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songs of bygone days

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Chuuya’s birthday isn’t well-known in the Mafia. It took Chuuya two years after he joined to even find out what it was, and that was from top-secret files. He’ll mention it offhandedly on the day of to Mori or to Kouyou, but he doesn’t make a big deal out of it.

(Mori’s said that he’d like to throw a party for him, which Chuuya has respectfully declined every year it’s been brought up. He’s not against being celebrated, but he doesn’t have much fondness for that day in particular. That’s the day he’s most likely to reflect on his forgotten past, which never does anyone any good and mostly just makes him irritable.)

Akutagawa is not one of the people Chuuya has mentioned his birthday to, he’s pretty sure, which is why the bottle of expensive wine Akutagawa is holding out to him gets a raised eyebrow. “What’s this about?”

“Your birthday is today. I thought a gift was appropriate,” Akutagawa says, and then adds, a touch more awkwardly, “Is it today?”

“Yeah, it’s today.” Chuuya takes the bottle from him before Akutagawa can start apologizing for being so presumptuous. “How’d you hear about that?”

Chuuya’s expecting that one of the mafia higher-ups mentioned it, probably Mori. He’s not expecting that Akutagawa’s been in contact with another Akutagawa Ryuunosuke, who shares his own birthday, and who happily provided a list of birthdays in case Akutagawa wanted to surprise any of his coworkers with gifts. Today is the birthday of another Nakahara Chuuya, a poet rather than a mafia executive.

“If I didn’t already have reports about those guys, I’d think you were making this up,” Chuuya says with a sigh. The information about that library full of dead authors hasn’t yet been released below executive level. “You know where that other Chuuya’s spending the day?”

“Drinking,” is Akutagawa’s instant answer. “Heavily drinking.”


It only takes one phone call to find that other Chuuya. Akutagawa doesn’t pay enough attention to know where, exactly, the poet Chuuya goes out to drink, but he thinks Dazai might know. Chuuya can’t hear Dazai’s responses clearly, but he can hear how ecstatic he is to be asked a question by Akutagawa.

Weird.

Dazai gives a couple of bars, and the first one has a blonde who’s even shorter than Chuuya sitting at the bar, on his fifth cup of sake. Chuuya takes the seat next to him.

The blonde looks over. “Nice hat.”

“Same to you.” Not only do they have the same name and the same birthday, but they have the same good taste in hats. “Nakahara Chuuya?”

“That’s me.” Nakahara - Chuuya hardly ever thinks of himself as Nakahara, so this is the easiest way to keep his thoughts straight - smiles, a lopsided smile that speaks to how drunk he already is. “Lemme guess, you’re… ‘Nakahara Chuuya’, right? Happy birthday.”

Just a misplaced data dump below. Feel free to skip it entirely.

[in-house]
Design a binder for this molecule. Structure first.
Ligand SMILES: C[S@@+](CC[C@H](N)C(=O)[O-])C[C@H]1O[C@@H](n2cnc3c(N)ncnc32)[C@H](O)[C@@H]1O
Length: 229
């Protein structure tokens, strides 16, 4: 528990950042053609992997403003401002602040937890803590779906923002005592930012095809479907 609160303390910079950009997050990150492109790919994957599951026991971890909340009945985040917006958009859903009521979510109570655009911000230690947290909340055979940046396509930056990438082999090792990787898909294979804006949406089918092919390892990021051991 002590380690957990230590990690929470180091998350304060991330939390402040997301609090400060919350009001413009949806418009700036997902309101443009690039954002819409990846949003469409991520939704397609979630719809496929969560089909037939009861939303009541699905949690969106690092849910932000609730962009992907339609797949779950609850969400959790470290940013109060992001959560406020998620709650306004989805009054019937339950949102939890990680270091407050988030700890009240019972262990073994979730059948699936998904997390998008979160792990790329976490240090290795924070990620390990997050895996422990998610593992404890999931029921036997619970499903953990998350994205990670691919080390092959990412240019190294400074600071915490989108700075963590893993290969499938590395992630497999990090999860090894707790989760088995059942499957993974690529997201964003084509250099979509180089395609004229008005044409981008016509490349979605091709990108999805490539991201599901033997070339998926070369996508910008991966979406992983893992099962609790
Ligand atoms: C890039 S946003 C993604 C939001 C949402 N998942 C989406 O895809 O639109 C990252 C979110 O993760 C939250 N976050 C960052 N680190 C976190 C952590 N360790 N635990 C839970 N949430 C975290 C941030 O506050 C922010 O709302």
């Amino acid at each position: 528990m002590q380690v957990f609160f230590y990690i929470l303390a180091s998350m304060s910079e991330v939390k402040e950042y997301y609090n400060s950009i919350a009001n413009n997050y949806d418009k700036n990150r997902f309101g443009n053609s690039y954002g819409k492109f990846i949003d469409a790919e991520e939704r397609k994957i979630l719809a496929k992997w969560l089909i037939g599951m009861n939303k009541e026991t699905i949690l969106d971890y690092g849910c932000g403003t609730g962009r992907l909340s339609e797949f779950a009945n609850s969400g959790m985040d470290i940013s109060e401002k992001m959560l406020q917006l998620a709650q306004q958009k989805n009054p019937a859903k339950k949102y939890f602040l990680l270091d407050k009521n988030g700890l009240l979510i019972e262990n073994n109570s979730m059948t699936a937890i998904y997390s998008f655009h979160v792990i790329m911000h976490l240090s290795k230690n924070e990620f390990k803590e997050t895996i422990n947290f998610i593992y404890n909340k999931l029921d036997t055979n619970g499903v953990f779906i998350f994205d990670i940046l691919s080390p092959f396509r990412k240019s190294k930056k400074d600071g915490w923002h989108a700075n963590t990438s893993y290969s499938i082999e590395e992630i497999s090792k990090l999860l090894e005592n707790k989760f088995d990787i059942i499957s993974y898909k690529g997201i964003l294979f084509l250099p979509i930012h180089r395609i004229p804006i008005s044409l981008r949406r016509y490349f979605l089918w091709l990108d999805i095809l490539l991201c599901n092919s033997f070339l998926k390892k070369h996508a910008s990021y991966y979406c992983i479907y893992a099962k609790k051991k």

“Thanks,” Chuuya says. It’s an easy guess, considering how many of the authors are in contact with their counterparts and how much he looks like Nakahara. “How old are you turning?”

Nakahara snorts. “It’s not a meaningful question. That’s for people who’re still alive. How old are you?”

“Twenty-three.” That much isn’t too much information to give away to a drunk person. “Alright, how old would you be if you weren’t dead?”

“Thirty-one.”

Chuuya raises an eyebrow.

“You oughta know how much it ticks a guy off when you think he’s younger just because he’s short,” Nakahara says. His glare would probably be more effective if he weren’t red-faced from all the alcohol, but even sober he wouldn’t be intimidating.

Still, Chuuya can’t say he’s wrong about people making assumptions of him or how much it makes him want to punt them through a wall. “Alright, it’s my bad.”

Nakahara snorts, but doesn’t press the issue. He just turns back to the bartender. “Another sake for me and one for Chuuya here. It’s on me.”

“Generous,” Chuuya says, without any intent to try to pay for himself instead.

“I don’t buy much but books and booze,” Nakahara replies. “Think of it as a birthday gift, I guess.”

Chuuya hums, not really having a response to that. When the bartender brings their sake, he lifts his glass. “A toast to Chuuya?”

“To Chuuya!” Nakahara clinks his glass with Chuuya’s, before draining half the glass in one go.

Chuuya drinks his at a slower pace. If Nakahara’s been drinking like that the whole time, then Chuuya has no idea how he isn’t passed out on the floor already, and he’s seen plenty of people who severely overestimated their own limits.

“Hey, another toast.” Nakahara lifts his half-empty glass. “To being alive.”

“Funny toast for a dead guy to make,” Chuuya replies.

“You only appreciate being alive when you’re dead. Trust me on this one. To ‘how old are you turning’ being a simple question, to drinking for fun and not because there’s nothing else to do, to changing. To having a future and not just a past. A toast to being alive.”

There are questions Chuuya should ask about the sudden shadow in Nakahara’s eyes, but even if he knew the words he wouldn’t be the right person to intervene.

So he clinks his glass against Nakahara’s. “To being alive.”

Maybe next year he’ll let Mori throw that party.